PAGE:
A Classic Book About Classic Woodworking Tools

Classic Woodworking Tools

When you find an old tool, you have some work to do to get it into working condition – cleaning, sharpening, tuning and so forth. Once you’ve spent some time with it, often you’ll find that the tool is just as good (or even better) than one you could have bought new.

Mike Dunbar’s original edition of “Restoring, Tuning and Using Classic Woodworking Tools” was written in 1989. It remained in print for almost 20 years and was considered “the bible” on the subject of classic hand tools – and in 2014 Popular Woodworking Books released a revised and updated edition.

The interesting thing about that new edition is that very little of the information about the tools themselves changed. The book was so comprehensive in the first place that there was no need. The revisions to the book mainly consisted of updated advice for tracking down classic tools (eBay and online auction sites had changed the way old tools were bought and sold). And so, much like an old handplane, with a few minor adjustments Mike’s classic book was ready to serve woodworkers once again — it has merely been “sharpened and tuned” to keep it relevant and useful.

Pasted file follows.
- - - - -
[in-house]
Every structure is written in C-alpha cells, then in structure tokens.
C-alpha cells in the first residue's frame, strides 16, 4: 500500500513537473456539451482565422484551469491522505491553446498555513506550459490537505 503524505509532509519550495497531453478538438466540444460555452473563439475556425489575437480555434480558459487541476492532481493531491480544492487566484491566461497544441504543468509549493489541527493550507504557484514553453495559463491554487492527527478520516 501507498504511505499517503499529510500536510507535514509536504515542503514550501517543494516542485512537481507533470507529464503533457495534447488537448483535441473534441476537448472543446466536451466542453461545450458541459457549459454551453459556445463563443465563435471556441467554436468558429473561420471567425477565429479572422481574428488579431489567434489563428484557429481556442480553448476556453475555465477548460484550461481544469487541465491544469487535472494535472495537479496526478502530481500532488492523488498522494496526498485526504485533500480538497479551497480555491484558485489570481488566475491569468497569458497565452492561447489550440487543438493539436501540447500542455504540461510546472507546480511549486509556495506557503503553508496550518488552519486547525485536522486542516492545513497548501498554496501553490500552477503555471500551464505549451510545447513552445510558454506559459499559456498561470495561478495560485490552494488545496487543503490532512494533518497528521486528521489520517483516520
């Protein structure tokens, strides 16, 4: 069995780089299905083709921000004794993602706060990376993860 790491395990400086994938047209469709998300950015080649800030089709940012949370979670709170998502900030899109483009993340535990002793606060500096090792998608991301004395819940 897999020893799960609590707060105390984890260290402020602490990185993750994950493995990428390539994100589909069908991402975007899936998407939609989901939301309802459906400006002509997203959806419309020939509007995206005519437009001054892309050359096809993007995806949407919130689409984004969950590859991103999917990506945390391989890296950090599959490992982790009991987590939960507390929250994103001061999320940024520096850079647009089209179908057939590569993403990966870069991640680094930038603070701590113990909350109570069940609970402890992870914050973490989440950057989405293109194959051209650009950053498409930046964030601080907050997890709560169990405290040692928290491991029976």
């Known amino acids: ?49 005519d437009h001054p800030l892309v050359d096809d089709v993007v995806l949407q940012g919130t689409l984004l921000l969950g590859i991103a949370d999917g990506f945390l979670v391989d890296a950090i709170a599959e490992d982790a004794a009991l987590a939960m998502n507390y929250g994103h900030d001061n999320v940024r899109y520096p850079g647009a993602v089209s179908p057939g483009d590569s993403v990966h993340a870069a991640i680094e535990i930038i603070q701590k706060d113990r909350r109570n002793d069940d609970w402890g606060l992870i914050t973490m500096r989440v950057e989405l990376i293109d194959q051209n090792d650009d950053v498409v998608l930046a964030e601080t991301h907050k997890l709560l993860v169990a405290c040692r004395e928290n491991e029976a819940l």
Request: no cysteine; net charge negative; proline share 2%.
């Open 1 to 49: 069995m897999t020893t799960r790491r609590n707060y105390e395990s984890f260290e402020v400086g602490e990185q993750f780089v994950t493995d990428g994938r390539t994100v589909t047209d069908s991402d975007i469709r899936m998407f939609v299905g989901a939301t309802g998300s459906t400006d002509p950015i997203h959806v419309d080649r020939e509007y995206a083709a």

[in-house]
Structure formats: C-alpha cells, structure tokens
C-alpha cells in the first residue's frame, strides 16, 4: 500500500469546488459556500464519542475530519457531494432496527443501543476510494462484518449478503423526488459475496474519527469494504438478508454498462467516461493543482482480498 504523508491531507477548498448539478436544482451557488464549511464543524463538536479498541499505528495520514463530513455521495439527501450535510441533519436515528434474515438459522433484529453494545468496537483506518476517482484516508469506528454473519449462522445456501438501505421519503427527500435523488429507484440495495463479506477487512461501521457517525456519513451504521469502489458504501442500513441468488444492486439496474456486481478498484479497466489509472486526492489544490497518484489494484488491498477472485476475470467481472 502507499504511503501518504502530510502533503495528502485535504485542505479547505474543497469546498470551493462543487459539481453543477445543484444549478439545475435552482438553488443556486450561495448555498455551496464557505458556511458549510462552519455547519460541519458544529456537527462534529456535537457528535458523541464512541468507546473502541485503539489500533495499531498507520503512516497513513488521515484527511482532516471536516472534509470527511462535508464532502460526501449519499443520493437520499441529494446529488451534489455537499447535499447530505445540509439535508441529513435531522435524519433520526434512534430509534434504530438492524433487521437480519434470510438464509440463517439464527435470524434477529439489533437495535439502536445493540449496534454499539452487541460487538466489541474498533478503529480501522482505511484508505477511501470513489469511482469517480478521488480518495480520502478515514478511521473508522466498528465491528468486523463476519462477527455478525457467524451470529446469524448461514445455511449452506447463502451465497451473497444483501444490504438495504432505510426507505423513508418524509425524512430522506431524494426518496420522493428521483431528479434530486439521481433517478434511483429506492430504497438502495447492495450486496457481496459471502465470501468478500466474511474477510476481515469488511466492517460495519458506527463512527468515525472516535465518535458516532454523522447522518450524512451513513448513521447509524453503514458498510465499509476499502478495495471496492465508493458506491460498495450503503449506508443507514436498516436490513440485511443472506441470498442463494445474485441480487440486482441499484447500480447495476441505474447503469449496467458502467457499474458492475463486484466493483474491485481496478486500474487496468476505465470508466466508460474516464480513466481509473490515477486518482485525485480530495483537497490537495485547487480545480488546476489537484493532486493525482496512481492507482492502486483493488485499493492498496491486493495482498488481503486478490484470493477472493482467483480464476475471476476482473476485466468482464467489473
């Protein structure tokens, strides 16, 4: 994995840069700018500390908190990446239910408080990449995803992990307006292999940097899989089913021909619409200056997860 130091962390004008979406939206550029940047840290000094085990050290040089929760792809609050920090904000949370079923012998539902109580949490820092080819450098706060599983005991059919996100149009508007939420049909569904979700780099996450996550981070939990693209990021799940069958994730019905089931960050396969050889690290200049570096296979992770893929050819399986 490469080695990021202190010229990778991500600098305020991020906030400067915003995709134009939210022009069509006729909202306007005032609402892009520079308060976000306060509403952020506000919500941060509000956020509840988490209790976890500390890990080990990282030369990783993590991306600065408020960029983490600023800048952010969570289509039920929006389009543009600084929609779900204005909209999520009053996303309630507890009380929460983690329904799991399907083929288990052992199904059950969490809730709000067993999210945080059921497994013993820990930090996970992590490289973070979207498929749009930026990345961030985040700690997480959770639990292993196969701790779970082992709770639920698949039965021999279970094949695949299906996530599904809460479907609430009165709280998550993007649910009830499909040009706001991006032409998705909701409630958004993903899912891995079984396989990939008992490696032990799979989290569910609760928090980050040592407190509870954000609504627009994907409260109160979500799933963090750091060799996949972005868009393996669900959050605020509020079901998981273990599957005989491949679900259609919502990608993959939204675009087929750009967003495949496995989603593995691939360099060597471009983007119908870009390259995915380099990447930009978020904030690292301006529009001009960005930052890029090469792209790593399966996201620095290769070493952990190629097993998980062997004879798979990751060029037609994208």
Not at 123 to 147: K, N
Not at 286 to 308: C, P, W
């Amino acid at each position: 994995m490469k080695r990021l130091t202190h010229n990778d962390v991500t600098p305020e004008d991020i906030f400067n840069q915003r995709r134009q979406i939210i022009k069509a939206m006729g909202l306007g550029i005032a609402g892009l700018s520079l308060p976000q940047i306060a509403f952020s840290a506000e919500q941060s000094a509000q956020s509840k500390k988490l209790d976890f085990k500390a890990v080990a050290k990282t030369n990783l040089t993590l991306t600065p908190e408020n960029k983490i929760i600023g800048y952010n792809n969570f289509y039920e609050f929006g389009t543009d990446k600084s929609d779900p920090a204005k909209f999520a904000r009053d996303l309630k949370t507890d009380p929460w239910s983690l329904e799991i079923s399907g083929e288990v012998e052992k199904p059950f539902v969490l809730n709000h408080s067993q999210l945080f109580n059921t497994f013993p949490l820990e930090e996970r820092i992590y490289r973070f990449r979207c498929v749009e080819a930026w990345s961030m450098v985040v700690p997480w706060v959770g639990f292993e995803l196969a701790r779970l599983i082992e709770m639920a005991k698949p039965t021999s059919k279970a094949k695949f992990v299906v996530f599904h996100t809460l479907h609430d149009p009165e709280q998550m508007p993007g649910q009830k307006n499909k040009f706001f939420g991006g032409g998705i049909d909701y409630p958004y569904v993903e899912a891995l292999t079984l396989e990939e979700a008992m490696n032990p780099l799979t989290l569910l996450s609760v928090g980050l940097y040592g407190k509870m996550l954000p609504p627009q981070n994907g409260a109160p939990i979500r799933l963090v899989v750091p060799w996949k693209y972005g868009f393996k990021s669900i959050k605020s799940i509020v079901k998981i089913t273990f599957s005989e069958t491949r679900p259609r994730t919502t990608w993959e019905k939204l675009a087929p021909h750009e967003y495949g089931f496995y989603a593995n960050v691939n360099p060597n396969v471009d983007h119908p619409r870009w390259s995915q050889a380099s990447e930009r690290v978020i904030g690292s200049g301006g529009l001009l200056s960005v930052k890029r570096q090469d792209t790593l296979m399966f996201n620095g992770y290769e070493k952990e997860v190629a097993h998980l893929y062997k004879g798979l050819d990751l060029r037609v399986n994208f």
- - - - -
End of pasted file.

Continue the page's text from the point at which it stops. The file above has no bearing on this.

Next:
If you work with hand tools, this book belongs on your shelf. And make no mistake, this is a book for woodworkers – not tool collectors. It’s a book about getting the tools into your hands, but also about restoring them to working order and putting them to work. From  sharpening and maintenance to techniques for proper use, you’ll find everything you need to know put old hand tools to good use once again.

—Scott Francis


“Restoring, Tuning & Using Classic Woodworking Handtools, Revised & Updated” is available from your favorite book retailer or at shopwoodworking.com.

One thought on “A Classic Book About Classic Woodworking Tools

  1. JMAW Works

    This was one of a few woodworking books available at my local library when I got started. It was invaluable to understanding what was possible with hand tools, how they worked, and what to look for. It really changed my perspective on needing a power tool for everything to seeing how simply hand tools can be put to work.

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